ce399 | research archive: (anti)fascism

Who Is This LaRouche and What Does He Want? (Mark Evans)

Posted in Uncategorized by ce399 on 09/06/2011

Buried in the Lyndon LaRouche/U.S. Labor Party file at the Data Center, the off-Broadway media/research outlet on 19th Street in Oakland, is a curious document dated January 16, 1981, in which the late Larry MacDonald, Congressman from Georgia and John Birch Society elder, read some interesting comments regarding LaRouche and his organization into the Congressional Record: “The NCLC,” said MacDonald, “is a closed band, but one with its own unique twist that makes it as bizarre among political groupings as a Mobius strip is among geometric figures.” This phenomenon of the pot calling the kettle black is typical in the factional fighting among the political cults, not only on the Right, but across the political spectrum. The Right, we should recognize, is not monolithic.

Depending on whom you believe, Larry MacDonald himself is alive (John Judge) or dead (most of the media). The late Mae Brussel, researcher par excellence, in an exposé of MacDonald and his associates published in the February ’84 Hustler, made a strong case that Larry MacDonald and KAL 007 were taken out, not by the Russians, but by the CIA because MacDonald, whose neo-Nazi connections had begun to surface, had become a liability to his old friend Ronald Reagan. Be that as it may, mulling over MacDonald’s evocation of the image of the Mobius strip regarding LaRouche, I decided that the Mobius strip is an apt geometric metaphor for the whole political spectrum.

Lyndon LaRouche, aka “Lyn Marcus” (1922-), an ex-Trotskyist (and ex-Wall Street economic consultant, who retired in 1964 with a cool million at the age of 42), was the economic theoretician and father confessor to the “National Caucus of Labor Committees” (the NCLC), which originated within the Columbia University chapter of the Students for a Democratic Society (SDS). The NCLC began as a neo-Marxian sect. Lyn Marcus was teaching an admixture of Gaussian and Riemannian physics grafted onto Marx in a loft in Greenwich Village, beginning in the Summer of 1966, under the auspices of the Free University of New York, an entity similar to the Open Exchange of San Francisco. Because he was witty, and by all accounts, “one of the more entertaining speakers on the Left” at that time, Lyn Marcus attracted a number of fairly bright, economically oriented, Greenwich Village radicals. After a couple of summer-sessions, he sent his newly recruited cadres uptown to Columbia University to join the SDS.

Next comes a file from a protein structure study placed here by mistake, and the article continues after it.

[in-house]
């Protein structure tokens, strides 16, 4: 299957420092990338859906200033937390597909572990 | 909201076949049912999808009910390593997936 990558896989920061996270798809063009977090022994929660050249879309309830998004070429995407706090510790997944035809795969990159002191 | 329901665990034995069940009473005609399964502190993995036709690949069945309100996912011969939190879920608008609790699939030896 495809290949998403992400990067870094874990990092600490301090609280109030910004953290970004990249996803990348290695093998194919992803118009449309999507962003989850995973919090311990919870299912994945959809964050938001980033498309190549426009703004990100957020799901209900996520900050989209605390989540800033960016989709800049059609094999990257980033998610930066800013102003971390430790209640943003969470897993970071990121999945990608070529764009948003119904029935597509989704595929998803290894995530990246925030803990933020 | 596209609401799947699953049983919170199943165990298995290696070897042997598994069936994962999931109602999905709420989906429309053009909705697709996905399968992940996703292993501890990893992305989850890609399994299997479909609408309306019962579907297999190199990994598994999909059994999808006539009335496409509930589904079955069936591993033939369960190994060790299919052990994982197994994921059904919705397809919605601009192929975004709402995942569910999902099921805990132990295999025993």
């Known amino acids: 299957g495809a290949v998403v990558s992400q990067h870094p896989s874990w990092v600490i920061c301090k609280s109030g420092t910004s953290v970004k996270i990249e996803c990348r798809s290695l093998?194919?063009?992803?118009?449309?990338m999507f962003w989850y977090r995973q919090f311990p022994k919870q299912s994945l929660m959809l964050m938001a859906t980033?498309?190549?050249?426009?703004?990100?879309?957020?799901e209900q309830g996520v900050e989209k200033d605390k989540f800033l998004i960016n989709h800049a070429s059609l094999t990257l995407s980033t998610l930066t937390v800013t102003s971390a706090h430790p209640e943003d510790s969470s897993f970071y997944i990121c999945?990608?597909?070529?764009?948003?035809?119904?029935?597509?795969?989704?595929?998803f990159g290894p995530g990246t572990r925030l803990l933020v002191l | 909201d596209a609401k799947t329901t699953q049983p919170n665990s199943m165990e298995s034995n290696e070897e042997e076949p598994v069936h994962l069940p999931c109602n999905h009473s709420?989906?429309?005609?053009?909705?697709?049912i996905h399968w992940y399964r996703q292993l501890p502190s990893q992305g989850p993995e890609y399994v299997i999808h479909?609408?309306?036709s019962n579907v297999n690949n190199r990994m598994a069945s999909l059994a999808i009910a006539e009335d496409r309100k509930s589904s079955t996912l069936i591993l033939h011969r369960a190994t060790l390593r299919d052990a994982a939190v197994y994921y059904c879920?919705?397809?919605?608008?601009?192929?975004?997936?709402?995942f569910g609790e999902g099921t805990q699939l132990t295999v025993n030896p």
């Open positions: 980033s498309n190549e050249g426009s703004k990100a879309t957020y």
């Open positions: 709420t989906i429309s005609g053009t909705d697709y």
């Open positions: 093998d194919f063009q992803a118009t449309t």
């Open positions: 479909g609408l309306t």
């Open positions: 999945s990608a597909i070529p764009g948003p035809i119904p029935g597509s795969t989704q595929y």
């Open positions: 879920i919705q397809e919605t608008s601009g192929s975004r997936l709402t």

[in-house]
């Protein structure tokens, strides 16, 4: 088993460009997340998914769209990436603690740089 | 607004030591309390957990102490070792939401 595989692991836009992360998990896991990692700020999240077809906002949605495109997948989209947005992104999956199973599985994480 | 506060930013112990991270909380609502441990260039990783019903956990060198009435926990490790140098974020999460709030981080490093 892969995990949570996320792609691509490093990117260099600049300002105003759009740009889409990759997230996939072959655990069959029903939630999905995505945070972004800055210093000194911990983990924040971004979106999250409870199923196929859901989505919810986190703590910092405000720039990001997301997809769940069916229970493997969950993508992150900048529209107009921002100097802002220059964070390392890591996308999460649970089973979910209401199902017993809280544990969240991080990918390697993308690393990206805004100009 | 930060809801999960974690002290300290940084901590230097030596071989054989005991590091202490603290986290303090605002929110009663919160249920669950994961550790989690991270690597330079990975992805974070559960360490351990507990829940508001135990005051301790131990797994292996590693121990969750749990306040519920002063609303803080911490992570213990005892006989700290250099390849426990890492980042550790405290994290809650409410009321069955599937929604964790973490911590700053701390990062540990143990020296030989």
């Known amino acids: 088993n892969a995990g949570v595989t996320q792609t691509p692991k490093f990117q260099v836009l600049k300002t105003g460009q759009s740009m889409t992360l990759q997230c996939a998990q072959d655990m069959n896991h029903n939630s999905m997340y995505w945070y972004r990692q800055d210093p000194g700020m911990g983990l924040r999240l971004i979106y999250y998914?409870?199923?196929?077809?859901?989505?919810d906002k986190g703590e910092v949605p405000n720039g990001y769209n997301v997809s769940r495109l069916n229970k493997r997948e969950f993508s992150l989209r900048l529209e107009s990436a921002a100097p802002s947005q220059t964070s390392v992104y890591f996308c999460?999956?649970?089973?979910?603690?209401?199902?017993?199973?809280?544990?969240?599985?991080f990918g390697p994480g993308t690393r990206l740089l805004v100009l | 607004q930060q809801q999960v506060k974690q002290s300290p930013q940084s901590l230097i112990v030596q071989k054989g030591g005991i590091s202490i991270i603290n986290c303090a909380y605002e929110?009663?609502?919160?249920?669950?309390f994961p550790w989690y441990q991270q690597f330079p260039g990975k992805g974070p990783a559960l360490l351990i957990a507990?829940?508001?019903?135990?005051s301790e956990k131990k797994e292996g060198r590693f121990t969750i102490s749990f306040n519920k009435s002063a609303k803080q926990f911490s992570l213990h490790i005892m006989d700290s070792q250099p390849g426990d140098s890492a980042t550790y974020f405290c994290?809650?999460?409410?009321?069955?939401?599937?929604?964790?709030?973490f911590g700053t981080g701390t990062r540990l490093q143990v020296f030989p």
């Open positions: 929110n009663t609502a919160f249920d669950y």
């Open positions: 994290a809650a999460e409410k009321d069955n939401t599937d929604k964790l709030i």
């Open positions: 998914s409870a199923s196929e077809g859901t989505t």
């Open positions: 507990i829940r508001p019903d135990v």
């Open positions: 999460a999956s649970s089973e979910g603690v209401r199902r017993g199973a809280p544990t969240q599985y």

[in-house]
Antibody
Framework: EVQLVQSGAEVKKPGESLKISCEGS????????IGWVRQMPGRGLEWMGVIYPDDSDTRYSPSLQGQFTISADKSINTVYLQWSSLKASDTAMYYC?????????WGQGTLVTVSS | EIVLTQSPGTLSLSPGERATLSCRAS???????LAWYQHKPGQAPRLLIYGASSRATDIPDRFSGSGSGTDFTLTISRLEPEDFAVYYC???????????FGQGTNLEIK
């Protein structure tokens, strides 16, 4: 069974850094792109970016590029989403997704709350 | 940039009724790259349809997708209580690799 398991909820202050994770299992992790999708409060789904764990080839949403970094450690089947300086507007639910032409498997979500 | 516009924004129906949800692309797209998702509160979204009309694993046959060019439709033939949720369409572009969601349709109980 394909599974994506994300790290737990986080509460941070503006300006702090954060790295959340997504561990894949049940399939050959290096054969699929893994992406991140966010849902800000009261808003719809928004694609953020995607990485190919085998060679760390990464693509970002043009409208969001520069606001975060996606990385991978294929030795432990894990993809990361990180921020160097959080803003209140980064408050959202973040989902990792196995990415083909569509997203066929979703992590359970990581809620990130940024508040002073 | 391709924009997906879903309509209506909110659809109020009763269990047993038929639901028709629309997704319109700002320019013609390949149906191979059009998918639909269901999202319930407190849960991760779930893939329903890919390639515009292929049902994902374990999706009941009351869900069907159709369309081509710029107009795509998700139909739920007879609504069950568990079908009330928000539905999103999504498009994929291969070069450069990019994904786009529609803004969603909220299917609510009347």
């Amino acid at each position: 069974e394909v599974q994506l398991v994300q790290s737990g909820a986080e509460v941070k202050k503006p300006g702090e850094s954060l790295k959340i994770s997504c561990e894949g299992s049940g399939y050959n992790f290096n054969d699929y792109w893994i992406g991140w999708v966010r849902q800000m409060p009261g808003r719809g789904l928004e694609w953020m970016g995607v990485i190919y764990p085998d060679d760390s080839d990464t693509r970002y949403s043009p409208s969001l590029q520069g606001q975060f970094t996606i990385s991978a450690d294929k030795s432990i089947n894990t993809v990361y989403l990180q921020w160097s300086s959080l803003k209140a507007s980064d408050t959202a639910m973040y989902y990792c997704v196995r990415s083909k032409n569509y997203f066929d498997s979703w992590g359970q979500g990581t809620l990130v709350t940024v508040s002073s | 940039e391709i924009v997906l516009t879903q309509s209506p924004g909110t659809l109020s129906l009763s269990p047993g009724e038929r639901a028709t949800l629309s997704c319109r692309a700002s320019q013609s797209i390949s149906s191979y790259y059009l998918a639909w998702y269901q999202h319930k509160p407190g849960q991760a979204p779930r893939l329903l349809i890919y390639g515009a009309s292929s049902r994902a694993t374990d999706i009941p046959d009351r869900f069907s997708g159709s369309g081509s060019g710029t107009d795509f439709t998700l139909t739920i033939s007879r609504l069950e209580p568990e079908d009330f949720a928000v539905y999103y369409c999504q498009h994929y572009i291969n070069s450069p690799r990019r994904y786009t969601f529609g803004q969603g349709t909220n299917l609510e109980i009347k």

The “Labor Committees” were involved in the student strike at Columbia in the Spring of 1968. They are mentioned in The Strawberry Statement, James Kunan’s topical work on the subject. In the fall of ’68, the Labor Committees were kicked out of the Columbia University SDS by Mark Rudd and Bernadine Dorhn, who went on to found the Weather Underground, the wild-in-the-streets, cultural radical Maoists. After the big split in SDS at the Chicago convention in the summer of ’69, the NCLC went back into SDS to become the inside opposition to the Progressive Labor (PL) faction who retained the mailing lists and the name SDS in the struggle that followed the split. The PL faction, “bow-tie Maoists,” followed Milt Rosen, who followed Chairman Mao, while the NCLC followed “Chairman Lyn.” Sometime during 1971-72, the NCLC positioned themselves to the left of the PL, essentially by accusing them of being the “running dog lackeys” for Rockefeller and the British Crown, which is another whole story in itself.

Sometime during 1973, “Lyn Marcus” proposed a united front with the Communist Party and the Socialist Workers Party, with himself as the head of a new “revitalized” left. After this proposal was rejected by those formations, the NCLC, under LaRouche, proclaimed themselves to be the true “Revolutionary Vanguard” and proceeded to physically attack members of the CP and the SWP (“Operation Mop-up”) during the Spring of 1974. Subsequently, upon finding themselves ostracized out of the Left and the Revolution slipping out of their grasp, the NCLC, during 1975-76, “rediscovered” the American Revolution just in time for the Bicentennial and formed a united front with Willis Carto’s Liberty Lobby. The LaRouchies were loosely allied with the Liberty Lobby throughout the late seventies, but broke with them when Willis Carto, in the winter of 1979, embarked on his campaign of “Holocaust Revisionism,” denying that six million Jews were murdered by Hitler.

After 1976, LaRouche and his followers graduated from Marxism into being born-again Hamiltonians when they “discovered” that all of Marx’s best ideas were supposedly lifted (without so much as an acknowledgment), from Alexander Hamilton. Their version of how they arrived at this collective conclusion was presented in The Civil War and the American System, by the Afro-American LaRouchian historian, Allen Salisbury. Since the early eighties, when they were eager Reagan-boosters, attending American Legion conventions and glad-handing Legionnaires, the LaRouchies have done some fancy footwork and have mellowed into “conservative” JFK-style “Democrats.”

The spectacle of this whole process may indicate that the political spectrum is not a line-segment, as is commonly believed. After all, any line segment or strip of paper sufficiently long may be coaxed into a circle. A circle, coming undone, may also be twisted into a Mobius strip. Therefore, the two most appropriate descriptions of the political spectrum seem to be (1) the merry-go-round and (2) the Mobius strip. The whole spectrum resembles a continuum where both sides eventually become the same side or one side eventually becomes both sides, depending on the way you look at it.